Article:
Caleb Azumah Nelson’s ‘Open Water’: a Tale of Seeing and Being Seen

Nelson’s novel – a love story, set in South London – encourages a peculiar solidarity between narrator and reader

Courtesy Penguin

Caleb Azumah Nelson is a writer and photographer. Open Water, his first novel, is a tale about seeing and being seen. It takes the form of a love story, set in South London, involving a young male photographer (the narrator) and a young female dancer. Two people; two Black bodies. The one accustomed to observing other bodies; the other to expressing themselves through their body. The perfect union. Or so you’d think.

‘I know I’m a photographer, but if someone else says I’m that, it changes things, because what they think of me isn’t what I think about me,’ says the main protagonist when the couple first meet. From the beginning, then, he admits to an antagonism between how he sees himself and how other people see him. What follows is a (mostly) gentle unravelling of the conditions (generally the product of power structures) that have combined to create this fugitive identity. You are not your body, but your body is you to most other people. Particularly if your body is Black. Love, of course, presents an opportunity to, if not quite reconcile, then feel more comfortable with the gap between the two.

Caleb Azumah Nelson. Photograph: Stuart Ruel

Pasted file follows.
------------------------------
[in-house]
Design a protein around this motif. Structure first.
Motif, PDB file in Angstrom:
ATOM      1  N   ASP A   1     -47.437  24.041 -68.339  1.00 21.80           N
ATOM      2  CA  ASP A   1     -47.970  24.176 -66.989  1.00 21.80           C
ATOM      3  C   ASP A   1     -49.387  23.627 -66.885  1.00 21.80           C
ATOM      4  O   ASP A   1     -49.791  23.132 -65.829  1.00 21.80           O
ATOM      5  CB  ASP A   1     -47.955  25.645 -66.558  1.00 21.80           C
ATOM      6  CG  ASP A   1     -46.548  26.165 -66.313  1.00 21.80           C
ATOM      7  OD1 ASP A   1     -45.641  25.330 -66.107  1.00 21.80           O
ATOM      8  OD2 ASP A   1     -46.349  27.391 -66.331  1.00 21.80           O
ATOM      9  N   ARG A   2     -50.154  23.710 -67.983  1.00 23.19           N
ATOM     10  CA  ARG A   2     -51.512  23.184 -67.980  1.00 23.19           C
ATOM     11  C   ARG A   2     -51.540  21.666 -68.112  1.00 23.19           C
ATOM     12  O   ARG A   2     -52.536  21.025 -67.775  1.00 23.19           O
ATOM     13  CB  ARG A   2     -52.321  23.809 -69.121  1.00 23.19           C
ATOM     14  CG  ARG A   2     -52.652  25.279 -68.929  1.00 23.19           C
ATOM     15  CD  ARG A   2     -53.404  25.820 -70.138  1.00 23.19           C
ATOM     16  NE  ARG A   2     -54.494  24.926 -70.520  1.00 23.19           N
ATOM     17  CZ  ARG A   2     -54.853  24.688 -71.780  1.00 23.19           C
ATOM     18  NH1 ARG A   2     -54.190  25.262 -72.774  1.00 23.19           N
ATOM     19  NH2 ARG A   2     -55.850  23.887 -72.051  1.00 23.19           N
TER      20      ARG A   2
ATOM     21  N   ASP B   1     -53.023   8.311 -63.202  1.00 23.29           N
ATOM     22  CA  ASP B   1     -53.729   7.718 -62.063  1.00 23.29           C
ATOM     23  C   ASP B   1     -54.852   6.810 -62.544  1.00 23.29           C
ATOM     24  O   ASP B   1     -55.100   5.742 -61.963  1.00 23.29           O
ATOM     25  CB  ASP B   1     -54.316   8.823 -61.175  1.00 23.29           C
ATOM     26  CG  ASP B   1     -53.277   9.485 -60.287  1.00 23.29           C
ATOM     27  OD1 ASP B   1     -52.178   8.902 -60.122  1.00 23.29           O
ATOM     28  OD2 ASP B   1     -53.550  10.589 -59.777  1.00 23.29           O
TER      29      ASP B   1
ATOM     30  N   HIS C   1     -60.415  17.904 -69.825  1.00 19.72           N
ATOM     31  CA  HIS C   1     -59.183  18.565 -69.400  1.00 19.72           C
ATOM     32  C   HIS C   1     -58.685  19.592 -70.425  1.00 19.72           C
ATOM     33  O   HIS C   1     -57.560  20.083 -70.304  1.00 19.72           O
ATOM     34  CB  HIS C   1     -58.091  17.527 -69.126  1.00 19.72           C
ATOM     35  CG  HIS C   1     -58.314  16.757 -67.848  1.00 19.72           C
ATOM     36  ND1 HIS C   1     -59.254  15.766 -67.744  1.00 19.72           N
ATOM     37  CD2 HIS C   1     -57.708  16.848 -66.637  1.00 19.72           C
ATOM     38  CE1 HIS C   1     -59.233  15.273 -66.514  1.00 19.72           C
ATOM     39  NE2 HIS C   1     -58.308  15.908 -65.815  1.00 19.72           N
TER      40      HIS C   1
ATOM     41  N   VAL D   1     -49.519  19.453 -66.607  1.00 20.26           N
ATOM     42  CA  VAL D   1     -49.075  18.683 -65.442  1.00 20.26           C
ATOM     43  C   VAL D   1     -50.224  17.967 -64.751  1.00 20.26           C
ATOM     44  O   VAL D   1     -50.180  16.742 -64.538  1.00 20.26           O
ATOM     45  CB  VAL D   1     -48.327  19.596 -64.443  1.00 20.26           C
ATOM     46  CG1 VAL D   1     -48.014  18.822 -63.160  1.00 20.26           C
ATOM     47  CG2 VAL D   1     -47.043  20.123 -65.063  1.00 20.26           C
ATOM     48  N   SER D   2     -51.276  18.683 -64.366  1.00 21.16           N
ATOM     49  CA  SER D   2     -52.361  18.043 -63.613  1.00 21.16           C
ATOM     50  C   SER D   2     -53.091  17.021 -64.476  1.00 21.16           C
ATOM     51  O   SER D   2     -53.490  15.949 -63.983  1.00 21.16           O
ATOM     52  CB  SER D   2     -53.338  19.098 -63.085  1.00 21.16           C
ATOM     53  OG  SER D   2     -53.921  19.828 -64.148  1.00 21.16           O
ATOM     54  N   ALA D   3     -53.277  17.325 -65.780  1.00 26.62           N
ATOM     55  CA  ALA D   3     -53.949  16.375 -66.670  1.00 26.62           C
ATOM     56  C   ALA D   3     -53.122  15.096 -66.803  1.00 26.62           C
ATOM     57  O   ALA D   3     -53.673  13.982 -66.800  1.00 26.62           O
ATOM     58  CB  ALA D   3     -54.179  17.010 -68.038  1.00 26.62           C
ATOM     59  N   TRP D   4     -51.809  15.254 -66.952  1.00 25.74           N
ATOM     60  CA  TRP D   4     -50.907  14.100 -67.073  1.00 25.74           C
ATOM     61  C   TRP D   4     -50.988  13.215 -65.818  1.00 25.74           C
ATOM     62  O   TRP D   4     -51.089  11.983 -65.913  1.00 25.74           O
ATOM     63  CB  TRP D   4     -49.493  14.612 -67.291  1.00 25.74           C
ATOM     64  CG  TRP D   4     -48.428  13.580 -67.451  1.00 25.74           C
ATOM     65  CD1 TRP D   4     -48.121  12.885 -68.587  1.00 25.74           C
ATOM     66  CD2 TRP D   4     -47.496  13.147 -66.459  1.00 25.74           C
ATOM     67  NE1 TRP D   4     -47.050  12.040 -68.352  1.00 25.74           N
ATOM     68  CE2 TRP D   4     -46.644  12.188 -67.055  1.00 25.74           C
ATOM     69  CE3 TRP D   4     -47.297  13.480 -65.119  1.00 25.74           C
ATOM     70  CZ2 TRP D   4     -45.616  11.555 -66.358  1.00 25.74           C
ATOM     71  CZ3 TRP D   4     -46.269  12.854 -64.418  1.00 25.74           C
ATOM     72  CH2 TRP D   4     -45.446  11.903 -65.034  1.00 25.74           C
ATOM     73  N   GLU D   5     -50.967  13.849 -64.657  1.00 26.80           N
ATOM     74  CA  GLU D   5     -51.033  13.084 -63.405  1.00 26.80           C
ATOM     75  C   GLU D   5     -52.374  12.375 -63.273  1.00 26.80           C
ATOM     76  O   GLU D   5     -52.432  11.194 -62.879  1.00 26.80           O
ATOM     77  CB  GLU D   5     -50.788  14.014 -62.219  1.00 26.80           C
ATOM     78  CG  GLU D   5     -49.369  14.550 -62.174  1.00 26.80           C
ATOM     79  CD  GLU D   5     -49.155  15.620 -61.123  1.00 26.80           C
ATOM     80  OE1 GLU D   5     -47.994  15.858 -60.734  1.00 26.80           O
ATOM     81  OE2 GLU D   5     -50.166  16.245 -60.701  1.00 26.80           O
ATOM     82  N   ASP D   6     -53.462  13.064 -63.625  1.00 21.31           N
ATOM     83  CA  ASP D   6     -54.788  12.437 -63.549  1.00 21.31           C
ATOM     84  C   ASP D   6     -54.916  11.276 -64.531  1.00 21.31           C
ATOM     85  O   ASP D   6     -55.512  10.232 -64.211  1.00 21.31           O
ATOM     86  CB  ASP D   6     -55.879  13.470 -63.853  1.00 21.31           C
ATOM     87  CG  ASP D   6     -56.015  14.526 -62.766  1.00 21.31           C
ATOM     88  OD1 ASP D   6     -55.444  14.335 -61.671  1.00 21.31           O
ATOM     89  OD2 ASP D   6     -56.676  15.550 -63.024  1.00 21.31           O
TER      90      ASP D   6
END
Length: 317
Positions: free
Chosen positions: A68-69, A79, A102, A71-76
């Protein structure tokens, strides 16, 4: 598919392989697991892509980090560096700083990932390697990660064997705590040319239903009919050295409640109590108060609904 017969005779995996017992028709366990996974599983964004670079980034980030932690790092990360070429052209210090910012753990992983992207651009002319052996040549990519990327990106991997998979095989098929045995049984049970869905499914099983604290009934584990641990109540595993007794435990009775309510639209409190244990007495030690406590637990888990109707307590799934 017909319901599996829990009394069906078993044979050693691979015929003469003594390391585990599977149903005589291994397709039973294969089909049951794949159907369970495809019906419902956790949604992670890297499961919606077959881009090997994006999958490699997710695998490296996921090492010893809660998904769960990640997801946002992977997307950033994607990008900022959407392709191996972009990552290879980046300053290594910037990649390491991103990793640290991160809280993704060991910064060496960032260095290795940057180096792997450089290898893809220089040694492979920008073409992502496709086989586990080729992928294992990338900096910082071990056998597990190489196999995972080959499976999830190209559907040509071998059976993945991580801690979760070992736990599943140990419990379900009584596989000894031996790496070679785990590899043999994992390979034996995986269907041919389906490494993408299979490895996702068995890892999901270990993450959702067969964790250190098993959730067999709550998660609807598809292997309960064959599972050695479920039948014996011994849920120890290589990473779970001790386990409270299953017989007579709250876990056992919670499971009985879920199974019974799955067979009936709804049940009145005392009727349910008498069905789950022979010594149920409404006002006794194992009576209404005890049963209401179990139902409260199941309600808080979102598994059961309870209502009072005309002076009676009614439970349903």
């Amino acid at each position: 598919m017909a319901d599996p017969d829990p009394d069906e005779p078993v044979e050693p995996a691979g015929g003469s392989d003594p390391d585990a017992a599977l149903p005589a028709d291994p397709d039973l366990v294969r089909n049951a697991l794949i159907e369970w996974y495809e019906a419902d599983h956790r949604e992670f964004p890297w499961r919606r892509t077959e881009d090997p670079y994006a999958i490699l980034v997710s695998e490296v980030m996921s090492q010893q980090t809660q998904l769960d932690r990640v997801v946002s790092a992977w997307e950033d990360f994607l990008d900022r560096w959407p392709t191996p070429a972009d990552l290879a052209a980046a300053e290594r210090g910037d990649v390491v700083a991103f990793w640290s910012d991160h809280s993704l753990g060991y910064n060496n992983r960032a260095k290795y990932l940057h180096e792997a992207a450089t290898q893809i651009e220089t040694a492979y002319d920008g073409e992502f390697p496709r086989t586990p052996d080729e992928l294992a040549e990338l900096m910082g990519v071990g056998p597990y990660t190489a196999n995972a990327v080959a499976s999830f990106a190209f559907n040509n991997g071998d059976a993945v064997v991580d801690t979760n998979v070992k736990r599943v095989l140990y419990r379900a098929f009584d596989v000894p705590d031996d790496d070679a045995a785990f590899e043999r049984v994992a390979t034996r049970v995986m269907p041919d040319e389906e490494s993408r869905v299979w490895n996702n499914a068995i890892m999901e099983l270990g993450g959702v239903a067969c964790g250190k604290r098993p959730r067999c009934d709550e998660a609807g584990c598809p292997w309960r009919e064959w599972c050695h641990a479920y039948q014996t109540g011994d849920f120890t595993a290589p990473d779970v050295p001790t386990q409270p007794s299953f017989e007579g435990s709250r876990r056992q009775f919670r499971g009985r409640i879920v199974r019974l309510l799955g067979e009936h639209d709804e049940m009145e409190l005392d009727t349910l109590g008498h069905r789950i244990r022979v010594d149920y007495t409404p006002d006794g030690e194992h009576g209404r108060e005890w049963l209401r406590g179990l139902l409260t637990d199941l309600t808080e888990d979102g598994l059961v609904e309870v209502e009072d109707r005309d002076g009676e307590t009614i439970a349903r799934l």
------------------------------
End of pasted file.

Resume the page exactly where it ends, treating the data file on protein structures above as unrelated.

While this short novel, which nevertheless covers everything from takeaway choices to contemporary art and inspirational academic screeds, is told from a first-person perspective, the narrator is most often the object, rather than the subject of the tale, referring to himself as both ‘you’ and ‘I’. ‘I’ in direct speech, or in intimate moments (when the narrator dances: ‘I make a little world for myself, and I live’); but most often ‘you’, when experiencing everything from simply walking down a street to the randomness and brutality of police stop-and-search tactics. On the one hand, the ambiguity between the singular and collective ‘you’ reflects the way in which cities like London view Black identity. On the other, it encourages a peculiar solidarity between narrator and reader. It’s a kind of schizophrenia boiled down to a possessive pronoun – a fusion of form and content that Nelson deploys with a great deal of skill. And there’s no little irony in the fact that what lies at the heart of the problem for the narrator, this fugitive, unseen self, is precisely what provides space for the reader to jump in, to experience a little of what it might be like to be young, creative, male, British and Black.

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